The mayor or New York reportedly drew some criticism from Syrian Jews for comparing Muslim refugees fleeing their homeland with Jews fleeing the Holocaust.
Bill de Blasio received warm applause as he vowed to keep New York Jews safe as terror fears are heightened but there were ripples of disapproval when he brought up the Syrian Muslim refugee crisis during his speech at Brooklyn’s Congregation Shaare Zion, Sunday’s New York Post reports.
“I know this community understands deeply the pain of any family that must leave a homeland they love because they were forced away by violence and discrimination,” he said. “When it comes to saving children and families from one of the greatest crises of our times, I remind people to look at history,”
Syrian Jews were not victims of Nazi Holocaust, but they suffered persecution in their homeland. There was a vibrant, well-to-do community of 30,000 Jews in Syria in the late 1940 but by the ’70s, the population had dwindled to 2,000 after waves of repression by the government of Hafez al-Assad, the father of current Syrian President Bashar al-Assad.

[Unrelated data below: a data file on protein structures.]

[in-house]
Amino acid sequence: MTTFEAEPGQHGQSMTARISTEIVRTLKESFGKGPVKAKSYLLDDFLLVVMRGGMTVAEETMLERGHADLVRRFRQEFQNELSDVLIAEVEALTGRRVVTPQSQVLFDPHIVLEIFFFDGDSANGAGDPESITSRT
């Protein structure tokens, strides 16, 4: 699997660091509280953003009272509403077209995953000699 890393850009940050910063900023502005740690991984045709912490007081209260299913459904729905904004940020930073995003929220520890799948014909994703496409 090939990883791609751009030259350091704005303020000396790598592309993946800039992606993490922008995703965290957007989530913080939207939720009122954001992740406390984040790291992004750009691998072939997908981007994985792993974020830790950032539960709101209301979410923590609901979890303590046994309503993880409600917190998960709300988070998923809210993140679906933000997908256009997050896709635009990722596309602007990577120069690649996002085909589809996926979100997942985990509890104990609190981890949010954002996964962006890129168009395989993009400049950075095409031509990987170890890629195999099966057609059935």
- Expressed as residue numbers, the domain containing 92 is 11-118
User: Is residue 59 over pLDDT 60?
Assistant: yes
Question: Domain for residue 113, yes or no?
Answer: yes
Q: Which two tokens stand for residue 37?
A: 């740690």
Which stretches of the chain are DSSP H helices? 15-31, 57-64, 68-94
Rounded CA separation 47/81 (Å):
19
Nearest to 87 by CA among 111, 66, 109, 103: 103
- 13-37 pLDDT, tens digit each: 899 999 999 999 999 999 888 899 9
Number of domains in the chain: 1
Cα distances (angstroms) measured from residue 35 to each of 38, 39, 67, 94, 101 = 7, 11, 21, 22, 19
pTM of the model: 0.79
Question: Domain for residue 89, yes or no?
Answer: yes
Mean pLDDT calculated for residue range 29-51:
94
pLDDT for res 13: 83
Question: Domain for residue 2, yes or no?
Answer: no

“The difference between me coming here in 1991 with my family is that we were kicked out for being Jewish,” one congregant told The Post.
“I don’t think it’s a fair comparison … The Jews never had a history of being destructive,” said another synagogue member, Judy Zarug.
“This nation has to be a beacon for the world,” de Blasio said, noting the resistance Americans had to the first waves of Jews escaping from the Nazis. “This city of immigrants is still a beacon of hope.”
He noted, however, that the refugees must be thoroughly screened.
The mayor’s office criticized The Post’s characterization of the mayor’s reception as chilly.
The crowd erupted in applause when he promised to keep New York Jews safe in the wake of attacks in Paris and elsewhere, an audiotape provided by the mayor’s office said.
“We will be vigilant,” he said.